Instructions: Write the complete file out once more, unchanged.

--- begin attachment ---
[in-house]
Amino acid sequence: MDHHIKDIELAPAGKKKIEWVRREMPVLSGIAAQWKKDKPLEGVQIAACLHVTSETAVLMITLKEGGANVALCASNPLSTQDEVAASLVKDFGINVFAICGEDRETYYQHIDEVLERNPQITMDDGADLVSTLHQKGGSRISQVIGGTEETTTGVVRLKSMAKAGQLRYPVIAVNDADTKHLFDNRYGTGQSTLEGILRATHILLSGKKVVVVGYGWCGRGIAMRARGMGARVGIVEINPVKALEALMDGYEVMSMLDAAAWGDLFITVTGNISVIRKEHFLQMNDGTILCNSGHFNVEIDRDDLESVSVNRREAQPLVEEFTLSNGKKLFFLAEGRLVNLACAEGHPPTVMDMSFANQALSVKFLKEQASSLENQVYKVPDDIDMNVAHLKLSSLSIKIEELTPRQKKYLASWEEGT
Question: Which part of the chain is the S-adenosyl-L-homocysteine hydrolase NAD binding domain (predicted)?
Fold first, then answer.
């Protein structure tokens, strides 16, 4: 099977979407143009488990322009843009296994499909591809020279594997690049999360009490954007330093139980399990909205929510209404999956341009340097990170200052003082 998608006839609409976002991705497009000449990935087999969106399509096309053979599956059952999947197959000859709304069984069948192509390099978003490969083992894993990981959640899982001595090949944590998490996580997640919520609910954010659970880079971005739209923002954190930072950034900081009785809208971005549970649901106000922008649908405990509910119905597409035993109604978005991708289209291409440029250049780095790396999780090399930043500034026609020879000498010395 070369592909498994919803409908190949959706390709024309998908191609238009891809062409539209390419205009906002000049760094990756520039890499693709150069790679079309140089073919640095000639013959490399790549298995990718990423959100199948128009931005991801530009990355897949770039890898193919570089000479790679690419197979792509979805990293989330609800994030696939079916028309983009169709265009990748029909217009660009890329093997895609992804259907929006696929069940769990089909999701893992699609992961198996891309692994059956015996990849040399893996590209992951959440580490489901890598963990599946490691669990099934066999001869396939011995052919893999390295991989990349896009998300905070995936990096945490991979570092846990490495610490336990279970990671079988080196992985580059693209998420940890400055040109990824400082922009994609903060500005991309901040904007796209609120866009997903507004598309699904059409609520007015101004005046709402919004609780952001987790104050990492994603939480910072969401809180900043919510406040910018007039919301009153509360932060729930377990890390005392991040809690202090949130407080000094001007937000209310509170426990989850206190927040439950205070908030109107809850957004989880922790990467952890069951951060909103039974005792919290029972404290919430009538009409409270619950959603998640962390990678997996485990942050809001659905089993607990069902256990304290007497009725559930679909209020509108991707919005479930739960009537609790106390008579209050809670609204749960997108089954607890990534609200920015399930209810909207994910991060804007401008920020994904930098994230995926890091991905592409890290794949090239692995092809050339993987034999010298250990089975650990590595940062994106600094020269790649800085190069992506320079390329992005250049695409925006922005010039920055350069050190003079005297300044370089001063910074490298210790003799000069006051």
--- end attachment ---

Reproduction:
[in-house]
Amino acid sequence: MDHHIKDIELAPAGKKKIEWVRREMPVLSGIAAQWKKDKPLEGVQIAACLHVTSETAVLMITLKEGGANVALCASNPLSTQDEVAASLVKDFGINVFAICGEDRETYYQHIDEVLERNPQITMDDGADLVSTLHQKGGSRISQVIGGTEETTTGVVRLKSMAKAGQLRYPVIAVNDADTKHLFDNRYGTGQSTLEGILRATHILLSGKKVVVVGYGWCGRGIAMRARGMGARVGIVEINPVKALEALMDGYEVMSMLDAAAWGDLFITVTGNISVIRKEHFLQMNDGTILCNSGHFNVEIDRDDLESVSVNRREAQPLVEEFTLSNGKKLFFLAEGRLVNLACAEGHPPTVMDMSFANQALSVKFLKEQASSLENQVYKVPDDIDMNVAHLKLSSLSIKIEELTPRQKKYLASWEEGT
Question: Which part of the chain is the S-adenosyl-L-homocysteine hydrolase NAD binding domain (predicted)?
Fold first, then answer.
């Protein structure tokens, strides 16, 4: 099977979407143009488990322009843009296994499909591809020279594997690049999360009490954007330093139980399990909205929510209404999956341009340097990170200052003082 998608006839609409976002991705497009000449990935087999969106399509096309053979599956059952999947197959000859709304069984069948192509390099978003490969083992894993990981959640899982001595090949944590998490996580997640919520609910954010659970880079971005739209923002954190930072950034900081009785809208971005549970649901106000922008649908405990509910119905597409035993109604978005991708289209291409440029250049780095790396999780090399930043500034026609020879000498010395 070369592909498994919803409908190949959706390709024309998908191609238009891809062409539209390419205009906002000049760094990756520039890499693709150069790679079309140089073919640095000639013959490399790549298995990718990423959100199948128009931005991801530009990355897949770039890898193919570089000479790679690419197979792509979805990293989330609800994030696939079916028309983009169709265009990748029909217009660009890329093997895609992804259907929006696929069940769990089909999701893992699609992961198996891309692994059956015996990849040399893996590209992951959440580490489901890598963990599946490691669990099934066999001869396939011995052919893999390295991989990349896009998300905070995936990096945490991979570092846990490495610490336990279970990671079988080196992985580059693209998420940890400055040109990824400082922009994609903060500005991309901040904007796209609120866009997903507004598309699904059409609520007015101004005046709402919004609780952001987790104050990492994603939480910072969401809180900043919510406040910018007039919301009153509360932060729930377990890390005392991040809690202090949130407080000094001007937000209310509170426990989850206190927040439950205070908030109107809850957004989880922790990467952890069951951060909103039974005792919290029972404290919430009538009409409270619950959603998640962390990678997996485990942050809001659905089993607990069902256990304290007497009725559930679909209020509108991707919005479930739960009537609790106390008579209050809670609204749960997108089954607890990534609200920015399930209810909207994910991060804007401008920020994904930098994230995926890091991905592409890290794949090239692995092809050339993987034999010298250990089975650990590595940062994106600094020269790649800085190069992506320079390329992005250049695409925006922005010039920055350069050190003079005297300044370089001063910074490298210790003799000069006051």